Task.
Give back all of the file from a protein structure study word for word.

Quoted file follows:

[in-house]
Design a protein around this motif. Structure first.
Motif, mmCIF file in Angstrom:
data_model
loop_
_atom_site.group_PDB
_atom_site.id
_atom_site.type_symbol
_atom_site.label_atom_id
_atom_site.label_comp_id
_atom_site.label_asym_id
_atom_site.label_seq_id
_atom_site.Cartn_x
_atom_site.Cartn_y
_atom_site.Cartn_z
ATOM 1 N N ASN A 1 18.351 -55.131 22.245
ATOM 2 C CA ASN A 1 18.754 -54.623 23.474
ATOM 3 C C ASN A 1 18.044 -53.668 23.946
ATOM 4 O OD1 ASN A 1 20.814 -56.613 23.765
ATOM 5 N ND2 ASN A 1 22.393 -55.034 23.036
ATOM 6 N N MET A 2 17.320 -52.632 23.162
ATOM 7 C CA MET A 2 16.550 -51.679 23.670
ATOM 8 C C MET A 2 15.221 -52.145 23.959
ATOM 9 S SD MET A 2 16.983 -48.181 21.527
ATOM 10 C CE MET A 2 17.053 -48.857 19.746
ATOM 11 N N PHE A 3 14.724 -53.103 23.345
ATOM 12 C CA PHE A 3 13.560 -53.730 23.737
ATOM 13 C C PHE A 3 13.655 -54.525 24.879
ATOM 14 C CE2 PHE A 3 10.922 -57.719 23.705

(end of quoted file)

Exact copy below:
[in-house]
Design a protein around this motif. Structure first.
Motif, mmCIF file in Angstrom:
data_model
loop_
_atom_site.group_PDB
_atom_site.id
_atom_site.type_symbol
_atom_site.label_atom_id
_atom_site.label_comp_id
_atom_site.label_asym_id
_atom_site.label_seq_id
_atom_site.Cartn_x
_atom_site.Cartn_y
_atom_site.Cartn_z
ATOM 1 N N ASN A 1 18.351 -55.131 22.245
ATOM 2 C CA ASN A 1 18.754 -54.623 23.474
ATOM 3 C C ASN A 1 18.044 -53.668 23.946
ATOM 4 O OD1 ASN A 1 20.814 -56.613 23.765
ATOM 5 N ND2 ASN A 1 22.393 -55.034 23.036
ATOM 6 N N MET A 2 17.320 -52.632 23.162
ATOM 7 C CA MET A 2 16.550 -51.679 23.670
ATOM 8 C C MET A 2 15.221 -52.145 23.959
ATOM 9 S SD MET A 2 16.983 -48.181 21.527
ATOM 10 C CE MET A 2 17.053 -48.857 19.746
ATOM 11 N N PHE A 3 14.724 -53.103 23.345
ATOM 12 C CA PHE A 3 13.560 -53.730 23.737
ATOM 13 C C PHE A 3 13.655 -54.525 24.879
ATOM 14 C CE2 PHE A 3 10.922 -57.719 23.705